by Donald Marsden, Associate Director
About 40 years ago, after graduating from college, I entered into a mission internship as a youth worker serving in the German Evangelische Church of West Berlin, Germany. During that time, as part of a group of young interns, I had the privilege to meet and listen to an elderly pastor named Eberhardt Bethge.
As a young man, Pastor Bethge had been a close confidant of Dietrich Bonhoeffer. During the Nazi regime in Germany, Bonhoeffer was chosen to call together a group of pastors to form an underground seminary of the Confessing Church, a church that rejected the false ideology of Arian supremacy. For two years, from 1935-1937, until the Nazi regime declared it illegal, the group lived in Finkenwalde, about 100 miles northeast of Berlin, which today is in Poland. After that, the underground seminary moved around from village to village where it met in the homes of sympathetic Christians.
Bethge was a student in that seminary. He told us that Bonhoeffer made trips to preach in Berlin on Sundays and to consult with like-minded church leaders there. From these trips he would always return to Finkenwalde very discouraged, because the news out of Berlin in those days was always bad. Still Bonhoeffer always gathered the community together for Sunday evening prayer. During those evening prayers, Bethge said, somehow, all the discouragement would vanish and be transformed into great thanksgiving to God.
Years later, in 1944, Bonhoeffer wrote a letter to Bethge from prison. In the letter he shared with Bethge his plans to write a new book once he was released from prison. One of the themes of the book was to be, “Jesus—the man for others.” He elaborated this theme in other ways—“Jesus is there only for others” and “The church is only the church when it exists for others.” (You can read all this in a book called Letters and Papers from Prison which was published after Bonhoeffer’s death.) Bonhoeffer never was able to write the book he outlined in his letter because he was executed in prison.
When I first read Bonhoeffer’s words “Jesus—the man for others” and “Jesus is there only for others,” it left me flat and cold. It seemed to me to be a sort of one-sided German objectivism. I thought to myself, “Wasn’t Jesus also a human being with self-awareness, a person who could enjoy a good meal and a glass of wine with his friends? Didn’t Jesus extol the beauty of the lilies of the fields? Jesus also took pleasure in the simple things of life.”
The coronavirus quarantine is causing me to think about Bonhoeffer’s words in a new light. In a certain way, being in quarantine is like being in prison. Isolation, whether forced on us or self-imposed, can easily lead to self-absorption, self-pity and self-focus.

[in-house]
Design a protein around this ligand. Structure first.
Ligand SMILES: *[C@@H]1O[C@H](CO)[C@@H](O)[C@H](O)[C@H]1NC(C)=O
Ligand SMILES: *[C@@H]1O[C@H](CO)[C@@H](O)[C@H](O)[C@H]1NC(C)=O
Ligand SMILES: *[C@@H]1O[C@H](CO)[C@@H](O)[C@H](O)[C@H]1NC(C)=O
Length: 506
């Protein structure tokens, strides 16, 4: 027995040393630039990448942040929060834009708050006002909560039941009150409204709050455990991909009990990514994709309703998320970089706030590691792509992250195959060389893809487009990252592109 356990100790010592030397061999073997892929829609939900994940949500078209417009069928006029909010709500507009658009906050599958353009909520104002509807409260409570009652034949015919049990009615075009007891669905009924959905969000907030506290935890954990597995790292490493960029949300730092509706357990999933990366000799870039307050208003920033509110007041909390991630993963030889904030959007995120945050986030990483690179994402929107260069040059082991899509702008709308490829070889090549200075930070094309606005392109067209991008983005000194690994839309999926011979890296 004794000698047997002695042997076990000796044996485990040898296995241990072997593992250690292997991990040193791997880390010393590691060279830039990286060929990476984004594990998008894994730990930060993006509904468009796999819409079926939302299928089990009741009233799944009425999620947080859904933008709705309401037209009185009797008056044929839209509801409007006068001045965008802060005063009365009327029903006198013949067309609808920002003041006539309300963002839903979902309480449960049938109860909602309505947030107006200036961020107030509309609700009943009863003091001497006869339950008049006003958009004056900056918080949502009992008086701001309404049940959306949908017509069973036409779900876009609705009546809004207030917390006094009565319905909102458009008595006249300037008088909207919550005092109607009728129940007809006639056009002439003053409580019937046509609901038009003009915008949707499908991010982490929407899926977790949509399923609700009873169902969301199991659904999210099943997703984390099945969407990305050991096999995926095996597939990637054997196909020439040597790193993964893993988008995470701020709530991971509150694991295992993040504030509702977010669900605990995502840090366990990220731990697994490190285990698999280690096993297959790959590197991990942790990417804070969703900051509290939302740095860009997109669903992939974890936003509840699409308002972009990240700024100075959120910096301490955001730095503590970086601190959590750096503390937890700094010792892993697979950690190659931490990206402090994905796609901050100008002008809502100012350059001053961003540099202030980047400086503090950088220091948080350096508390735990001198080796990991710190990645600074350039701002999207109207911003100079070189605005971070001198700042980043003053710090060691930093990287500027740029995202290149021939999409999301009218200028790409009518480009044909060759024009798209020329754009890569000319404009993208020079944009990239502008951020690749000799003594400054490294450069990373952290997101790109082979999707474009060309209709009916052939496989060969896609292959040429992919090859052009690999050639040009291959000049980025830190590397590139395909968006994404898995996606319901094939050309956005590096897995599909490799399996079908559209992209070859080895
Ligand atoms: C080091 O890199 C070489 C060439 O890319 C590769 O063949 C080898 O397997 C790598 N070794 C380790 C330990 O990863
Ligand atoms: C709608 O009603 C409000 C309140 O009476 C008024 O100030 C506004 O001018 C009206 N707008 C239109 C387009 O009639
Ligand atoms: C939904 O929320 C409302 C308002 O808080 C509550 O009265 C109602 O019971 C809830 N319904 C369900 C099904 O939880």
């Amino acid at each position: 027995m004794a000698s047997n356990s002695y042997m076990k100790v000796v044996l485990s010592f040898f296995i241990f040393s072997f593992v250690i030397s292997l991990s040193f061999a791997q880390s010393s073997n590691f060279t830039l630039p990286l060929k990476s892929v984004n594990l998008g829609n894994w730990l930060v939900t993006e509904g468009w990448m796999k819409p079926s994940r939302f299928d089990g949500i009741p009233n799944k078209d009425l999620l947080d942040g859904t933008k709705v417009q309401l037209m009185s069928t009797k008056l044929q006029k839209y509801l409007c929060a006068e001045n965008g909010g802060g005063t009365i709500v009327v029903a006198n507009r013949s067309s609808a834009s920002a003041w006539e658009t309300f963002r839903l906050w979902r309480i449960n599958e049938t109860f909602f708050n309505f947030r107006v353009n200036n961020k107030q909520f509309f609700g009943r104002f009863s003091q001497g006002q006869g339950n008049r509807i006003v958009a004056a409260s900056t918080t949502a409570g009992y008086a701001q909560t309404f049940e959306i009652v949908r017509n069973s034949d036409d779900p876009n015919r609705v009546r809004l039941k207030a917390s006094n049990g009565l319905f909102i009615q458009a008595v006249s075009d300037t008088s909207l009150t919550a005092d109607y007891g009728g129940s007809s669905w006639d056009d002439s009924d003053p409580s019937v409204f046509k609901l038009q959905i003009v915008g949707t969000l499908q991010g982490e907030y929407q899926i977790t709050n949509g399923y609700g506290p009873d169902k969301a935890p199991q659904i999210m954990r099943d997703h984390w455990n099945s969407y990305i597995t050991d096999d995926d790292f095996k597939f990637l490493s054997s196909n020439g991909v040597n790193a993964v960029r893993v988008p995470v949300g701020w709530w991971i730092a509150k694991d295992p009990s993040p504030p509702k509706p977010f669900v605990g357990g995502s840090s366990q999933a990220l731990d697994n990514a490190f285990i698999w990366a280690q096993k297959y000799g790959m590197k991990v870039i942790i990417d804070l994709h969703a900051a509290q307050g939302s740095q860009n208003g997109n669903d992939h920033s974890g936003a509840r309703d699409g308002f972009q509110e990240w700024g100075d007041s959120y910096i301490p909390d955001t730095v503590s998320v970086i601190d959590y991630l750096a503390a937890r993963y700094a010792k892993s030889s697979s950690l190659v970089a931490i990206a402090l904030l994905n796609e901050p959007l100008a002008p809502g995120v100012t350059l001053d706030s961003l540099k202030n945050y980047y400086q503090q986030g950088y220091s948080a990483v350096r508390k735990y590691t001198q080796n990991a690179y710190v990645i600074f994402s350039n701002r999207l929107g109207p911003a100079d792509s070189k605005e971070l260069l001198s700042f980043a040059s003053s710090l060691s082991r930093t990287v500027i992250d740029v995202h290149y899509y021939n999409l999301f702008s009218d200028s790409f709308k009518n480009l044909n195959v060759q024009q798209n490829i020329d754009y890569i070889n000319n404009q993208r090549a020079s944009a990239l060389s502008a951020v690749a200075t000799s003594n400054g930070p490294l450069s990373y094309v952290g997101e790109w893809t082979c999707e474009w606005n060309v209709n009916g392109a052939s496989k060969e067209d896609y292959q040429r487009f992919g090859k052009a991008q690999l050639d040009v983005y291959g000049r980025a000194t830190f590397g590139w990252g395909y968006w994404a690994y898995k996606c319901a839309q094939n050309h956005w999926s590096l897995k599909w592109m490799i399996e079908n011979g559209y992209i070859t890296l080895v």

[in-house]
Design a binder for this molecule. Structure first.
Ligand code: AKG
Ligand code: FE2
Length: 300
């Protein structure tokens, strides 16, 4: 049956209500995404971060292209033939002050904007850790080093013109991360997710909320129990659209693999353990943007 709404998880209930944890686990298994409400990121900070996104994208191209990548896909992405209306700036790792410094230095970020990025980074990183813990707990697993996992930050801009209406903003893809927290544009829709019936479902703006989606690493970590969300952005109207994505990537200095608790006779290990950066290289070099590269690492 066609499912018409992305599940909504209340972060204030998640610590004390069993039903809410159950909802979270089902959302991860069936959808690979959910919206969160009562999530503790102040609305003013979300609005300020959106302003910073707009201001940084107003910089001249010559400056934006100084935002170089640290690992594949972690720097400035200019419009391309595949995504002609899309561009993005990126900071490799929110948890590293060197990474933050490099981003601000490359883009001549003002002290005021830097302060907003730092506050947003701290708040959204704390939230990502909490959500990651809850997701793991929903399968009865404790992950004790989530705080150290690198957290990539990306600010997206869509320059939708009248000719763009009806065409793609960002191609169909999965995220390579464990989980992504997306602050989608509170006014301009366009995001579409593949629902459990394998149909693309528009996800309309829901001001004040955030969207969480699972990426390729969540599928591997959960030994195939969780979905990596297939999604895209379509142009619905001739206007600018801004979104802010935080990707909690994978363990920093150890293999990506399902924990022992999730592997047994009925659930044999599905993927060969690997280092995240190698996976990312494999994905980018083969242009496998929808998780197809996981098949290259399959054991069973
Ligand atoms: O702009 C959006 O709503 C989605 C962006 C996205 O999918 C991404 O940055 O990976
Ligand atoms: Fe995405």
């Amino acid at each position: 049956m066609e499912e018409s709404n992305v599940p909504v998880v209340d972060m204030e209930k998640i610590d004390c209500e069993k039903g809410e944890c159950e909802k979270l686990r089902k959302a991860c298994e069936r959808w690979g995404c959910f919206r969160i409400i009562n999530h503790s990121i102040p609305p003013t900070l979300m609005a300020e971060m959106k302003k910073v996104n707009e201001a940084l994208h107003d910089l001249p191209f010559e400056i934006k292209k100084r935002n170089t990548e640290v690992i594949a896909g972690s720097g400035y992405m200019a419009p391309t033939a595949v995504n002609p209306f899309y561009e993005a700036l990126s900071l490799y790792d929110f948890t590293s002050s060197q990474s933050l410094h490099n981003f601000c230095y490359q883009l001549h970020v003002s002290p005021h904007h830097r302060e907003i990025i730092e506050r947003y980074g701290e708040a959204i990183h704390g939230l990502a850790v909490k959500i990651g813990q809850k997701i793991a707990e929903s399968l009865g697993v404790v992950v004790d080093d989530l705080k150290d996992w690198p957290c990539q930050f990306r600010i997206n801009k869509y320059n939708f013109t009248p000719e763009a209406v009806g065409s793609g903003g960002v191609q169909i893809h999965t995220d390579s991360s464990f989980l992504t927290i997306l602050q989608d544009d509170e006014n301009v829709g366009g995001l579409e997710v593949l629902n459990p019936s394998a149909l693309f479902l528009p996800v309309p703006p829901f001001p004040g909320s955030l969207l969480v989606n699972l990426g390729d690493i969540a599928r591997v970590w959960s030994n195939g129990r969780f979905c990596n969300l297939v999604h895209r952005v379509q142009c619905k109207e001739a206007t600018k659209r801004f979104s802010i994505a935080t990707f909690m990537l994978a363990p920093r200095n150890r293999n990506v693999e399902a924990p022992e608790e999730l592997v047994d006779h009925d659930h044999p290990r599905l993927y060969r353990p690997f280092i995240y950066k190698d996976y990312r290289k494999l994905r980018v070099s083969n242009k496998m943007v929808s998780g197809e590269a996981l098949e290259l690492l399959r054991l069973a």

When I come home from one of my international trips, I usually take a few days to catch up on lost sleep, spending time with my family, household responsibilities and just taking time to come back to myself after the extremely intense period of interaction with others. It is so nice to be home. It’s easy for me to lose myself in my own little world. And it’s tempting to stay there. But within a few days, duty calls me back to visiting churches, meeting with friends and partners, following up on work with the people I’ve been visiting. Now, with an indefinite period of isolation, the temptation to turn in upon oneself is very real.
I wonder whether Dietrich Bonhoeffer’s reflections on “Jesus—the man for others” was his refusal to give into the temptations of self-absorption, self-pity and self-focus which must have plagued him in the intense isolation of a prison cell? Perhaps Bonhoeffer experienced the present reality of Jesus right there for him in his prison cell?
The isolation forced on us by the coronavirus quarantine has heightened a struggle with which I have long been wrestling: How do I live for and love people who are far away and cannot be seen?
In Frontier Fellowship, we major in serving those who most often are far off. We are concerned that people living in isolation from the big centers of Christianity should have the opportunity to hear the Gospel. We want to come alongside people who preach the Gospel among the Muslims, Hindus and Buddhists of the world—to encourage them, pray for them and let them know that we love them and value them, even though we cannot be with them except perhaps briefly when we visit once a year. This is the struggle I always feel when I return from a trip. When I become isolated from them, I am tempted to forget the wonderful brothers and sisters on the other side of the world. “Out of sight, out of mind.”
Right now, with the quarantine, we are likewise challenged because we are asked to stay away even from our friends, neighbors and fellow church members. How do we love and live for others at a time like this?
Given our limitations, what can we do to be there for others? Here are a few ideas:
- Call a friend on the phone to find out how he or she is doing.
- Write a letter to someone who has lost a loved one.
- Meet by video conference for Sunday School, or other meetings that are normally held face to face.
- Pray for others attentively and in an unhurried way.
- Worship God together with your family or, if you live alone, with a friend by video conferencing.
- Send a gift of money to a person whose job has suddenly been eliminated.
- Read the Scriptures and other edifying books. Share your reading discoveries with friends.